Born: 1910. Died: 1989
Alfred Jules Ayer was lecturer and research fellow at Oxford's Christ Church College from 1933 to 1944.
Then he was fellow (1944-1945) and dean (1945-1946) of Wadham College.
From 1946 to 1959 Ayer was Grote professor of the philosophy of mind and logic at the University of London, and in 1959 he became Wykeham professor of logic at Oxford.
His best-known publication, Language, Truth and Logic (1936), was the leading British statement of logical positivism. His ideas were seen as a radical departure from established philosophy.
He was also popularly known after the war as a participant on the radio discussion programme, the Brains Trust.
- Bertrand Russell, 1972
- The Central Questions of Philosophy, 1973
- The Concept of a Person, 1963
- The Conception of Probability as a Logical Relation, in S. Korner, editor, Observation and Interpretation in the Philosophy of Physics, 1957
- The Foundations of Empirical Knowledge, 1940
- Freedom and Morality and Other Essays, 1984
- Hume, 1980
- Language, Truth, and Logic, 1936
- Ludwig Wittgenstein, 1986
- Metaphysics and Common Sense, 1969
- More of My Life, 1984
- The Origins of Pragmatism, 1968
- Part of My Life, 1977
- Philosophical Essays, 1954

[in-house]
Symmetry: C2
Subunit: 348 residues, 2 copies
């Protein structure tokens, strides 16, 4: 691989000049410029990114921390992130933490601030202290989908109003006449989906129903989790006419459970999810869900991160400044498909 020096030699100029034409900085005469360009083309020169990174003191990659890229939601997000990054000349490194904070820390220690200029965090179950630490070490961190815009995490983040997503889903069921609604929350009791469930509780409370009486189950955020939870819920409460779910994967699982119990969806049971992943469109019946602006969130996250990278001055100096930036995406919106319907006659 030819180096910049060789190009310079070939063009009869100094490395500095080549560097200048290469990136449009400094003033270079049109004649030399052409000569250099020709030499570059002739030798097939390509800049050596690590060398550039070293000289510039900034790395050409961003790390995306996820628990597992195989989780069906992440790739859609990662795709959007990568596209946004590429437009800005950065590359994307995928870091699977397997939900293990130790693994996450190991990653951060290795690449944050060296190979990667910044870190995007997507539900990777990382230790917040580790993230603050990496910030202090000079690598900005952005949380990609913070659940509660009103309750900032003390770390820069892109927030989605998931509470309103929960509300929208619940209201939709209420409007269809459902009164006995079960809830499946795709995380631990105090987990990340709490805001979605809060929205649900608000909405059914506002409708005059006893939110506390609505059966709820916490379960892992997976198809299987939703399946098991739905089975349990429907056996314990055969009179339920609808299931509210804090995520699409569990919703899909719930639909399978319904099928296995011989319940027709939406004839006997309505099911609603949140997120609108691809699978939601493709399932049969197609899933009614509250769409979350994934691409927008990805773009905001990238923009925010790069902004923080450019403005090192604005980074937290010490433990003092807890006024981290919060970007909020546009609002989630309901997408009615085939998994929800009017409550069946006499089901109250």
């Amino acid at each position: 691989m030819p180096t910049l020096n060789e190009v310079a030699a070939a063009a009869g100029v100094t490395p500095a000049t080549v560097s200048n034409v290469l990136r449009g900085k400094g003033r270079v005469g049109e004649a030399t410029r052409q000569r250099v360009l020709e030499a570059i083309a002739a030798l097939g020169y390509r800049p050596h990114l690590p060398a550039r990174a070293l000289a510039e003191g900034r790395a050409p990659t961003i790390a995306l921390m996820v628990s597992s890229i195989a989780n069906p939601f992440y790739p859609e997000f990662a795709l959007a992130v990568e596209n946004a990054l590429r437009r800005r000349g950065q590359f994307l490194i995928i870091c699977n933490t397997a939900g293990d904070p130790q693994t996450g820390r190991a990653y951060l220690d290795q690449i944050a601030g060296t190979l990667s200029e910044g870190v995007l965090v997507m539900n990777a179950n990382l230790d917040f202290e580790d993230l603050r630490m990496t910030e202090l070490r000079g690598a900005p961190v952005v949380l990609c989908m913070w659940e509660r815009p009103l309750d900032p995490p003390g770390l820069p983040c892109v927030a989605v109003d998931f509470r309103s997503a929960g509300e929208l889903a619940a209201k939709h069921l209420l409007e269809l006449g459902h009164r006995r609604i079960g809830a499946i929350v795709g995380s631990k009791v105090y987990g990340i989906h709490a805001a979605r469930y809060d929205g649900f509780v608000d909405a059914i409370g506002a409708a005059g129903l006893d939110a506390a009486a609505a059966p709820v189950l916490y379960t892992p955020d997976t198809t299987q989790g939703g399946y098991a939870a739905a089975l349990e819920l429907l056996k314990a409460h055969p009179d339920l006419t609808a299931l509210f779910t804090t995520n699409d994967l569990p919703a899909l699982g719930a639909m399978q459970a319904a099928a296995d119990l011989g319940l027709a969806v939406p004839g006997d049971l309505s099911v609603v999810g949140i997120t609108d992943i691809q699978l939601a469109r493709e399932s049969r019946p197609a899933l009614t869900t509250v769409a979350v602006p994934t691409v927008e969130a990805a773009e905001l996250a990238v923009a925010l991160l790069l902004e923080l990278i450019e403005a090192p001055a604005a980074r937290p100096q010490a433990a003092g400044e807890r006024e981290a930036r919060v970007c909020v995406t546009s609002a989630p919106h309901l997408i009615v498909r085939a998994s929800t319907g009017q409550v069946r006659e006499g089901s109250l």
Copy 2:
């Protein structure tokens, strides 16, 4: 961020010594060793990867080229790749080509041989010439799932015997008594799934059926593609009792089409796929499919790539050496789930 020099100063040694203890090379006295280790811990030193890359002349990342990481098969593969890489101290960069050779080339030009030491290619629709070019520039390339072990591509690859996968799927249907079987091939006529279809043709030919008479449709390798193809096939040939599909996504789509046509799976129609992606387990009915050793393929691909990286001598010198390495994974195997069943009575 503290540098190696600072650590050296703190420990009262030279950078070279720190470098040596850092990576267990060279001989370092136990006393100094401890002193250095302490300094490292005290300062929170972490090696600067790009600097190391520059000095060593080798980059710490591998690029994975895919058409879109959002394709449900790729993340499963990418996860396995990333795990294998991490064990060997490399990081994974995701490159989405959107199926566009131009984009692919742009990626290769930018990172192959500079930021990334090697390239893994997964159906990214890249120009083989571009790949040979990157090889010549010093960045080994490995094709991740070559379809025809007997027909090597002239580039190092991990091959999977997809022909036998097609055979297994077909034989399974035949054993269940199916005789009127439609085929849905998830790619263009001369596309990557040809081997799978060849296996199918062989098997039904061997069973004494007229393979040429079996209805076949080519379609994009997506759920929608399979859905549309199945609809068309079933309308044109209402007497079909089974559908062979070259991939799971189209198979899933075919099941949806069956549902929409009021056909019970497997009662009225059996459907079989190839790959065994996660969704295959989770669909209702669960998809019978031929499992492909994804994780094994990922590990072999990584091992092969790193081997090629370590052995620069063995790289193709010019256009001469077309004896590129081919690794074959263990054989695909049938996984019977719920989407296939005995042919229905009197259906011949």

- Philosophy in the Twentieth Century, 1982
- Probability and Evidence, 1972
- The Problem of Knowledge, 1956
- Replies, in G. Macdonald, editor, Perception and Identity: Essays Presented to A. J. Ayer, With His Replies, 1979
- Russell and Moore: The Analytical Heritage, 1971
- Thomas Paine, 1988
- 1934, Demonstration of the Impossibility of Metaphysics, Mind
- 1934, The Genesis of Metaphysics, Analysis
- 1935, The Criterion of Truth, Analysis
- 1936, The Principle of Verifiability, Mind
- 1936, Verification and Experience, Proceedings of the Aristotelian Society
- 1937, Atomic Propositions, Analysis
- 1945, The Terminology of Sense-Data, Mind
- 1946-1947, Phenomenalism, Proceedings of the Aristotelian Society
- 1948, Philosophy without Science, with Viscount Samuel and Herbert Dingle, Philosophy
- 1952, Individuals, Mind
- 1952, Negation, J. Philosophy
- 1953, "Cogito, Ergo Sum", Analysis
- 1967, Has Austin Refuted the Sense-Data Theory?, Synthese
- 1977, The Causal Theory of Perception, Proceedings of the Aristotelian Society